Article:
The FOMO factor
So what is taken into account in increasing the value of rural land? And is the growth as considerable as it is led to believe? In short, yes, but there are other factors at play.
There is no doubt that the growth in land values has been incredibly strong, but the ABS figures are inherently conservative and do not necessarily take into account the state of the land market at the time. Rather, they are based on the calculated “underlying value” that market sentiment feeds into.
The perception that land values are “out of control” is fueled not only by strong demand but also by a reduction in supply.
With commodity prices at very high levels and good seasonal conditions over the past 12 months, few farmers are selling – leading many in the industry to assume that land value is being boosted by the lack of proposed properties. In an era when medium and large farmers seek to increase their footprint and farm consolidation is driving industry change, the relatively low number of properties coming to market is driving purchases that many consider “overpriced”.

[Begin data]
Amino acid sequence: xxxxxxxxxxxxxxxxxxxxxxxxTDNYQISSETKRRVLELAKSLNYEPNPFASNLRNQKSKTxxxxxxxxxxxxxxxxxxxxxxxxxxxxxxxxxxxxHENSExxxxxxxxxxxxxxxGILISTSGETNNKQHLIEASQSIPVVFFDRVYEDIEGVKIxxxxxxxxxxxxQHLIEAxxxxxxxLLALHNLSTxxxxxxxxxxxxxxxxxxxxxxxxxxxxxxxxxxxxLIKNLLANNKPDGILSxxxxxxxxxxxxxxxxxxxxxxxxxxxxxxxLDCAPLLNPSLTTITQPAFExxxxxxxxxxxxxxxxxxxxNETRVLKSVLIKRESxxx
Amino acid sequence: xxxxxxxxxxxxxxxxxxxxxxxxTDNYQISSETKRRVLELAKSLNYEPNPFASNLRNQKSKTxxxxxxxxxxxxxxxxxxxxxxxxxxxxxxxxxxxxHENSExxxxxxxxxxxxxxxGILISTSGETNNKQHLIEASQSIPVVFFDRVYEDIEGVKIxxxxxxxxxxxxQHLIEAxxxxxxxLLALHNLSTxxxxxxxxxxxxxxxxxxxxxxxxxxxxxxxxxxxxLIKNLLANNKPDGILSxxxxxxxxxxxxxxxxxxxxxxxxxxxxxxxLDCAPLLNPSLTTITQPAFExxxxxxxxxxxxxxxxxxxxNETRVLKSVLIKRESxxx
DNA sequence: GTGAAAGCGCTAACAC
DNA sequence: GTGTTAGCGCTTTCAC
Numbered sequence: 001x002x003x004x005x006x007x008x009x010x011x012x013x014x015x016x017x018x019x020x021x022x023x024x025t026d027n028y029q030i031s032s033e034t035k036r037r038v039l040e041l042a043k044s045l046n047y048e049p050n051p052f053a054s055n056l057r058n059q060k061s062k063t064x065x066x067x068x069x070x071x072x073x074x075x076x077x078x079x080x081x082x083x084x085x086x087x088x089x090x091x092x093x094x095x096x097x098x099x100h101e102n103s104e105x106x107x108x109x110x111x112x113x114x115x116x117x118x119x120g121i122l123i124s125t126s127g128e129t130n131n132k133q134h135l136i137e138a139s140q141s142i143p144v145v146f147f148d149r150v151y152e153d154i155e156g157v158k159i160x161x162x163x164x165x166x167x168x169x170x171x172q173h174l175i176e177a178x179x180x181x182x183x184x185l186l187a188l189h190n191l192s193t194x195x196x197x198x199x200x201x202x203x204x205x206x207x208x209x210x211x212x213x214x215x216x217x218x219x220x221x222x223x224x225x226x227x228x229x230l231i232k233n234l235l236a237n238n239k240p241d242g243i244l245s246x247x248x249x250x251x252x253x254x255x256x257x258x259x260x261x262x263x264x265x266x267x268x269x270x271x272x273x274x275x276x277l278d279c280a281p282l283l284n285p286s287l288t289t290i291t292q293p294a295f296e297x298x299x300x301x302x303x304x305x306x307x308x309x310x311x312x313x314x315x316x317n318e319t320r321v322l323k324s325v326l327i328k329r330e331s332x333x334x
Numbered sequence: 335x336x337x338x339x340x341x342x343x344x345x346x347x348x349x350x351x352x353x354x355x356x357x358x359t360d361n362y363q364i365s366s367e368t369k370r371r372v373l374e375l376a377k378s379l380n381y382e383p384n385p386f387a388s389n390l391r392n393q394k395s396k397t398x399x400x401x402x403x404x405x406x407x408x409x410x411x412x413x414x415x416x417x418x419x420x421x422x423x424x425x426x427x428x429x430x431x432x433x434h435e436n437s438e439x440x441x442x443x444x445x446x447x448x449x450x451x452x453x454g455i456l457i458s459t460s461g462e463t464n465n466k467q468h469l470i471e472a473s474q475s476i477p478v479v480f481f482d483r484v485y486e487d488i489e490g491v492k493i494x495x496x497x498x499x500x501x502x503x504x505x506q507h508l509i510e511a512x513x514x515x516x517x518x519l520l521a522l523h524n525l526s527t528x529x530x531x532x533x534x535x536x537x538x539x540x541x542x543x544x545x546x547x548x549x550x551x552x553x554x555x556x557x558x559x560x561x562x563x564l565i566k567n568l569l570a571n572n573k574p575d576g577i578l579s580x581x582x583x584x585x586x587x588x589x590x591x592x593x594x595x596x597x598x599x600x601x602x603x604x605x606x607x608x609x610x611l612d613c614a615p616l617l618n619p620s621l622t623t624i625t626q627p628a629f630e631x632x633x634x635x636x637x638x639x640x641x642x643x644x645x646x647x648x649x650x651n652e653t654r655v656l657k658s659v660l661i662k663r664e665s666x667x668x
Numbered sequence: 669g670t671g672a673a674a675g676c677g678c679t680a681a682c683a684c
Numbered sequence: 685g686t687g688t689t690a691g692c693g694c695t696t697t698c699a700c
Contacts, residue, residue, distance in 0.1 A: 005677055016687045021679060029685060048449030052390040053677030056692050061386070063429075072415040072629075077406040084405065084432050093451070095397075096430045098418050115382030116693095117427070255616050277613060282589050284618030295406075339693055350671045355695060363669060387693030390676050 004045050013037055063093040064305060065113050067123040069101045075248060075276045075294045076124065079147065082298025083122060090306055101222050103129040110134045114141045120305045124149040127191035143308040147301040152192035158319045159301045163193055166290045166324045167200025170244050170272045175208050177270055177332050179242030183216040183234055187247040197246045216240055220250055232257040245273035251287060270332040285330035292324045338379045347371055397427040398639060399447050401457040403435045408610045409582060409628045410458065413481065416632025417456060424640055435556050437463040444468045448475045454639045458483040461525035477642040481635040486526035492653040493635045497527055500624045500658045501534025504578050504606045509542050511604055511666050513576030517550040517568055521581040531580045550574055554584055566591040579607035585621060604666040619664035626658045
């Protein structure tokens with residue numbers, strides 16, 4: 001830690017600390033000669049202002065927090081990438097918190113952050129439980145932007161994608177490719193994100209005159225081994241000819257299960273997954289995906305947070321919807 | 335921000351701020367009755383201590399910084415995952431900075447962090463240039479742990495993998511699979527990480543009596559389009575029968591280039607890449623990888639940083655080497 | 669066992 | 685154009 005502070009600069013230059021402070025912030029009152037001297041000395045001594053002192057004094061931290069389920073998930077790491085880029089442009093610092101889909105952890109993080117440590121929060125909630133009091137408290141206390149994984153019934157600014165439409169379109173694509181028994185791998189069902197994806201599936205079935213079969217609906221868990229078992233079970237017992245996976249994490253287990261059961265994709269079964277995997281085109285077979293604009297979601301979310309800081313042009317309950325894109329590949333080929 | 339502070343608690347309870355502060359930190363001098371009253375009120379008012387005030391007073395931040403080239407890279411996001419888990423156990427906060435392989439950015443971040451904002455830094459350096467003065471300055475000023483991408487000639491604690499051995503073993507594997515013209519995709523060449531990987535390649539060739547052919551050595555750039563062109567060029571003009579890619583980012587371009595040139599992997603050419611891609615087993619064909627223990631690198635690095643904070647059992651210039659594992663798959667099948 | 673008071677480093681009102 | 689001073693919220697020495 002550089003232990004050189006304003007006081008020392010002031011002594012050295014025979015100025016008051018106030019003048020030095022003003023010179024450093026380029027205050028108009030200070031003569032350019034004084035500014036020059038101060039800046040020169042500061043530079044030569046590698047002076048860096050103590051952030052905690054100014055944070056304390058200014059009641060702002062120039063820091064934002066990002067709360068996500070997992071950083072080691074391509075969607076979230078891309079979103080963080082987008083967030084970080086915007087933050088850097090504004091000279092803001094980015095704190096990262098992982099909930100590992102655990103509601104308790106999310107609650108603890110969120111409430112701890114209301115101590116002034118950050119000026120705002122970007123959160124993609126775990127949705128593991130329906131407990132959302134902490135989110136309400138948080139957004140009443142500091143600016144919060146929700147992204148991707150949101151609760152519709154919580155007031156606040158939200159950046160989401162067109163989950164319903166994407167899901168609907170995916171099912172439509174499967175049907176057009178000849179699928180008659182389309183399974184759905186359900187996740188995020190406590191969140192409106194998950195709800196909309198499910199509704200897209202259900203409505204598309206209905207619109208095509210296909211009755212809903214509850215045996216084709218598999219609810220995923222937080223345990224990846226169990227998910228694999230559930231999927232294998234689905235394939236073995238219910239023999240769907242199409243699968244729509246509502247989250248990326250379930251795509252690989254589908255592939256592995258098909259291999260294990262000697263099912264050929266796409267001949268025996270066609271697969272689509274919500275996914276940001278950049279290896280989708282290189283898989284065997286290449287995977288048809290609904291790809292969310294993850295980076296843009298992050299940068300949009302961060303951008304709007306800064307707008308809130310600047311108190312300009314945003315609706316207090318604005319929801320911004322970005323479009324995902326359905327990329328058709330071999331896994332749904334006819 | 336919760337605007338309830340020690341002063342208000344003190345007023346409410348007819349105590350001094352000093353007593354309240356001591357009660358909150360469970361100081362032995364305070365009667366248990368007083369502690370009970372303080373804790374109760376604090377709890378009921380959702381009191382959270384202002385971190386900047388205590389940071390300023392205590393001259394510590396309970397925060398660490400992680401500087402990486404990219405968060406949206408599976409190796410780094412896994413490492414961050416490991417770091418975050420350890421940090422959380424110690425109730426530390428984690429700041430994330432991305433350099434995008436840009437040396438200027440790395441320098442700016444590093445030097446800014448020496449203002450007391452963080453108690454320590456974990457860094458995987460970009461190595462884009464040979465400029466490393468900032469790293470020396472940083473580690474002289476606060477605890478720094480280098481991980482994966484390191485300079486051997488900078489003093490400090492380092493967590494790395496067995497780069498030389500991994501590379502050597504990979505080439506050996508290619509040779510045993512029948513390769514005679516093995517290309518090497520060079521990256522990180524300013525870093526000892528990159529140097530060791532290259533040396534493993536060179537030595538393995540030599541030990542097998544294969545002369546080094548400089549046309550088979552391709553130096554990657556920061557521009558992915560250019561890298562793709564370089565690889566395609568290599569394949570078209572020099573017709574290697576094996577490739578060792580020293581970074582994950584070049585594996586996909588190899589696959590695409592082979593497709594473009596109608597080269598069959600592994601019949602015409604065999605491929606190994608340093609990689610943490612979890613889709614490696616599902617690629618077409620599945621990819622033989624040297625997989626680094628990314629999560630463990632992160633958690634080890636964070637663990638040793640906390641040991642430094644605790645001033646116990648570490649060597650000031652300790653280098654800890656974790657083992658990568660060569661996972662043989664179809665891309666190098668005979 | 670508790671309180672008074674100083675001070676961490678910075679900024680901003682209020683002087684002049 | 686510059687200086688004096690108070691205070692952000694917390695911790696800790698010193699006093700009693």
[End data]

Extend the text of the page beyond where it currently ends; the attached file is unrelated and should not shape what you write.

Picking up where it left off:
Changing views on rural land as an asset?
There is, of course, more to the story than the simple fear of missing out. Historically, the value of rural land has followed commodity prices fairly closely, with years of drought or falling commodity prices resulting in lower property values.
Since around 2016, however, land prices have continued to increase sharply despite years of drought or drops in commodity prices such as falling milk prices. It is clear that rural land values - and land values across all sectors – are strongly tied to historically low interest rates, which is a strong incentive for buyers to buy now.